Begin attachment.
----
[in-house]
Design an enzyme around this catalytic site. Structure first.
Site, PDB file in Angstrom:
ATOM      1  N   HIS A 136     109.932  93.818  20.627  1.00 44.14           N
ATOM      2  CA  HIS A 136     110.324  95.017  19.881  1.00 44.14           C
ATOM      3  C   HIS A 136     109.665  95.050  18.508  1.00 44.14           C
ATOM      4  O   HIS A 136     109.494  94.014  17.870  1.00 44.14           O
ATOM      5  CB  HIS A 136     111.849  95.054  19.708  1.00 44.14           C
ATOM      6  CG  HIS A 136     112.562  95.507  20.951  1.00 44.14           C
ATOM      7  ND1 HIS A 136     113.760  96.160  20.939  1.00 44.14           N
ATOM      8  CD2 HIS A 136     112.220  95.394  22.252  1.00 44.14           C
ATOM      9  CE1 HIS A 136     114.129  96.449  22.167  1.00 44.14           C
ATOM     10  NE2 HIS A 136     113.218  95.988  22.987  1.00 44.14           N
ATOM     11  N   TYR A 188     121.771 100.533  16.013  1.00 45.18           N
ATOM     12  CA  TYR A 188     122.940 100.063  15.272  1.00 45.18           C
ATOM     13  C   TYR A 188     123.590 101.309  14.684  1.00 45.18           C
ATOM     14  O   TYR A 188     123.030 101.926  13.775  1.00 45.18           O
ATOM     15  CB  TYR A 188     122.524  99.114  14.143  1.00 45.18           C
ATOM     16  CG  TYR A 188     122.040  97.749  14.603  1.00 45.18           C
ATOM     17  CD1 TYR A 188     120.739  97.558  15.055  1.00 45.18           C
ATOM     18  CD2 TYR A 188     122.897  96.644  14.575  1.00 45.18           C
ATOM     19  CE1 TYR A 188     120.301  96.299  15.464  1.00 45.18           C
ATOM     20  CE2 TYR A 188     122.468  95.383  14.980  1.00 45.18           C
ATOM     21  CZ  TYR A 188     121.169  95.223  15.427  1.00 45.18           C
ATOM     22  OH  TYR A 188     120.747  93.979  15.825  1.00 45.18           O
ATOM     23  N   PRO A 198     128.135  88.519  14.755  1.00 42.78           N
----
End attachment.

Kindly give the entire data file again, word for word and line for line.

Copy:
[in-house]
Design an enzyme around this catalytic site. Structure first.
Site, PDB file in Angstrom:
ATOM      1  N   HIS A 136     109.932  93.818  20.627  1.00 44.14           N
ATOM      2  CA  HIS A 136     110.324  95.017  19.881  1.00 44.14           C
ATOM      3  C   HIS A 136     109.665  95.050  18.508  1.00 44.14           C
ATOM      4  O   HIS A 136     109.494  94.014  17.870  1.00 44.14           O
ATOM      5  CB  HIS A 136     111.849  95.054  19.708  1.00 44.14           C
ATOM      6  CG  HIS A 136     112.562  95.507  20.951  1.00 44.14           C
ATOM      7  ND1 HIS A 136     113.760  96.160  20.939  1.00 44.14           N
ATOM      8  CD2 HIS A 136     112.220  95.394  22.252  1.00 44.14           C
ATOM      9  CE1 HIS A 136     114.129  96.449  22.167  1.00 44.14           C
ATOM     10  NE2 HIS A 136     113.218  95.988  22.987  1.00 44.14           N
ATOM     11  N   TYR A 188     121.771 100.533  16.013  1.00 45.18           N
ATOM     12  CA  TYR A 188     122.940 100.063  15.272  1.00 45.18           C
ATOM     13  C   TYR A 188     123.590 101.309  14.684  1.00 45.18           C
ATOM     14  O   TYR A 188     123.030 101.926  13.775  1.00 45.18           O
ATOM     15  CB  TYR A 188     122.524  99.114  14.143  1.00 45.18           C
ATOM     16  CG  TYR A 188     122.040  97.749  14.603  1.00 45.18           C
ATOM     17  CD1 TYR A 188     120.739  97.558  15.055  1.00 45.18           C
ATOM     18  CD2 TYR A 188     122.897  96.644  14.575  1.00 45.18           C
ATOM     19  CE1 TYR A 188     120.301  96.299  15.464  1.00 45.18           C
ATOM     20  CE2 TYR A 188     122.468  95.383  14.980  1.00 45.18           C
ATOM     21  CZ  TYR A 188     121.169  95.223  15.427  1.00 45.18           C
ATOM     22  OH  TYR A 188     120.747  93.979  15.825  1.00 45.18           O
ATOM     23  N   PRO A 198     128.135  88.519  14.755  1.00 42.78           N